Then (Jesus) returned from the region of Tyre, and went by way of Sidon towards the Sea of Galilee, in the region of the Decapolis. They brought to him a deaf man who had an impediment in his speech; and they begged him to lay his hand on him.
Note the tender compassion with which Jesus relates to this man, not wanting to make him a public spectacle.
(Jesus) took him aside in private, away from the crowd, and put his fingers into his ears, and he spat and touched his tongue.
This might strike us as somewhat repulsive what Jesus does here – particularly his spitting into his hands and then placing some of his own saliva on the man’s tongue. But in those days it was recognized that some people had the gift of healing, and this was the sort of thing they did in the process of healing someone. So at the very least, through these rituals Jesus is conveying to this confused and overwhelmed man his intention to heal him.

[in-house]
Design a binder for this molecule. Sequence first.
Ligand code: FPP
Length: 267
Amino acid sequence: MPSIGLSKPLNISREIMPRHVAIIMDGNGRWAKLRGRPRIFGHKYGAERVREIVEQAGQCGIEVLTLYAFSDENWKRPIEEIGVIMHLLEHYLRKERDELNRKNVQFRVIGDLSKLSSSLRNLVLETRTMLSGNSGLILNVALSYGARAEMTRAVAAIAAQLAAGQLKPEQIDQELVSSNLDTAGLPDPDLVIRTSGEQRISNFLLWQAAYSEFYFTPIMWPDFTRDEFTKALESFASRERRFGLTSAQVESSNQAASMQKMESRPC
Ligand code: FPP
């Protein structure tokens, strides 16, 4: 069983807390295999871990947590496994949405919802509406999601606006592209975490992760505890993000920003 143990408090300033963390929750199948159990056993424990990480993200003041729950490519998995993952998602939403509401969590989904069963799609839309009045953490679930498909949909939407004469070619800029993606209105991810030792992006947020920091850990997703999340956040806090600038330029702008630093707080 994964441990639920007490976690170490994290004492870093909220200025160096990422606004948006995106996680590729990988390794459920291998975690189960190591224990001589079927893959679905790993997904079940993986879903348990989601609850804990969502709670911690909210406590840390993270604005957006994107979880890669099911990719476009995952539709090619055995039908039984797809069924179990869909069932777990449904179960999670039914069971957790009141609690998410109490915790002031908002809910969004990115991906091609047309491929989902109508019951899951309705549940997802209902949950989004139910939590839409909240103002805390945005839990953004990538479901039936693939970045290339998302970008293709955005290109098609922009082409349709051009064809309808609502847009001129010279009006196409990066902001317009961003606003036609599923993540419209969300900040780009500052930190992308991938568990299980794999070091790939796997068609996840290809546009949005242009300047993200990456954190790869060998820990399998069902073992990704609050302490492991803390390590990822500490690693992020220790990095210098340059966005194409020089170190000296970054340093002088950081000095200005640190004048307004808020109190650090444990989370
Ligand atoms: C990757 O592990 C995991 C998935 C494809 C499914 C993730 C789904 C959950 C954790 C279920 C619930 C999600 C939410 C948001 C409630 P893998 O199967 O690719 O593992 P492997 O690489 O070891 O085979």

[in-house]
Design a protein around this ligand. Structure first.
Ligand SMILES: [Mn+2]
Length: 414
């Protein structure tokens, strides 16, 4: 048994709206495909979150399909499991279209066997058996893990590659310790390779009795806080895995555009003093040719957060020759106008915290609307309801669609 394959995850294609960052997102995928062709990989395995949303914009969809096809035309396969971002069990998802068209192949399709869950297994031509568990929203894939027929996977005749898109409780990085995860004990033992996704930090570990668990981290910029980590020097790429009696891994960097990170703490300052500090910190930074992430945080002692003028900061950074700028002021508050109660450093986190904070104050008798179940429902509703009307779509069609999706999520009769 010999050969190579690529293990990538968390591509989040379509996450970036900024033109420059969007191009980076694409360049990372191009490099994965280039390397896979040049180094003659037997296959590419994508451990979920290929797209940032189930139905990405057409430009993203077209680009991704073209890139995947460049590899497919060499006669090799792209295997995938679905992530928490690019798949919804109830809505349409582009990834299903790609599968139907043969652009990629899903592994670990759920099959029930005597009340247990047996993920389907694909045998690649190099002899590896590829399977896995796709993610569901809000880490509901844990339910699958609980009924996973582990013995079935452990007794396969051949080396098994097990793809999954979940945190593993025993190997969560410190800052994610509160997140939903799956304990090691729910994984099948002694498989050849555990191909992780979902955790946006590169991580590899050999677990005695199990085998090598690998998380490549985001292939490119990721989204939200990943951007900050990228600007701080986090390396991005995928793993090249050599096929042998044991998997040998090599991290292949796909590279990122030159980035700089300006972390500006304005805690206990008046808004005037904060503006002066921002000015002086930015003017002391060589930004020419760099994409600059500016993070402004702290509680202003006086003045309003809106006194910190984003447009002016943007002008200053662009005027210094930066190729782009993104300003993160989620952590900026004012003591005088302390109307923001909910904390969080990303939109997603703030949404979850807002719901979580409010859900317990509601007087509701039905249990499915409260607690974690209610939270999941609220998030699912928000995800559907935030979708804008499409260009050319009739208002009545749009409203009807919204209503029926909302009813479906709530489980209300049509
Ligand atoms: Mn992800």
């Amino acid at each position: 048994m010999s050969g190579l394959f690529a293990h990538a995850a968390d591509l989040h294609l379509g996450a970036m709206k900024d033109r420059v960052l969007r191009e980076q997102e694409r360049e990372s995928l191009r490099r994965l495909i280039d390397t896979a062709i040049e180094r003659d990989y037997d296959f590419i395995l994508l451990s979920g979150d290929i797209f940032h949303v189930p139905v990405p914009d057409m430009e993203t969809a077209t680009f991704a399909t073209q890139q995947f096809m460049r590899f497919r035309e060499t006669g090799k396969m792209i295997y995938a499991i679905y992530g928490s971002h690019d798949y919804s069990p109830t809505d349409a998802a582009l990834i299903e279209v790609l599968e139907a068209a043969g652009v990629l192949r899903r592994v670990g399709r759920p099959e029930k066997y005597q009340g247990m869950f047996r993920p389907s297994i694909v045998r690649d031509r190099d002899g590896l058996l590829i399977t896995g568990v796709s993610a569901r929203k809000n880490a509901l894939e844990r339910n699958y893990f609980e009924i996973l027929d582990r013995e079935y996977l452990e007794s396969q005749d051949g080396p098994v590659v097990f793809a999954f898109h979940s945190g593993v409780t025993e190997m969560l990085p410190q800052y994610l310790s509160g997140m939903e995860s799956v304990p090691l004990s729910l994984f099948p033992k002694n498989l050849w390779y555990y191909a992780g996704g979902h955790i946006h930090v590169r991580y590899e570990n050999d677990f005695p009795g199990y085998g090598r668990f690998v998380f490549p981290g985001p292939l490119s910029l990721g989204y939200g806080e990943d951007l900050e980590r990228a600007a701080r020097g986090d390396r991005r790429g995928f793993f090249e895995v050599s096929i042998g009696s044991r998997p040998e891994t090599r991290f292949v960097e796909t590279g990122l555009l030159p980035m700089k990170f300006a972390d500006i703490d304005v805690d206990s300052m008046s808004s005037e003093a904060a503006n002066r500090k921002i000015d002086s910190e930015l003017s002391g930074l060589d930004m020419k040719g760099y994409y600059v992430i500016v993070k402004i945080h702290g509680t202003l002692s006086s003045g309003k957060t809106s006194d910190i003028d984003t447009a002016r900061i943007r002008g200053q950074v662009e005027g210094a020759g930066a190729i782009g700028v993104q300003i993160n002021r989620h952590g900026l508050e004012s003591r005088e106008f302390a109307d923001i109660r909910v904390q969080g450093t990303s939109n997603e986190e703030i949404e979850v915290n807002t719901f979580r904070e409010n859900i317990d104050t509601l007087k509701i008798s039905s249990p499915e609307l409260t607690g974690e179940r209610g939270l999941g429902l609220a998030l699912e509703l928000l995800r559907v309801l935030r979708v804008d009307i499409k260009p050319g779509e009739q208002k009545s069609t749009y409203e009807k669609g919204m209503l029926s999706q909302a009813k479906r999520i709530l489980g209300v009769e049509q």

Then looking up to heaven, he sighed
Note: Jesus sighed. As I said before, the work of healing costs him something. This isn’t waving a magic wand. There is some kind of sacrifice on Jesus’ part as he offers himself up as an instrument of healing for another suffering human being.
He sighed and said to him, “Ephphatha,” that is, “Be opened.”
And immediately his ears were opened, his tongue was released, and he spoke plainly.
Then Jesus ordered them to tell no one; but the more he ordered them, the more zealously they proclaimed it.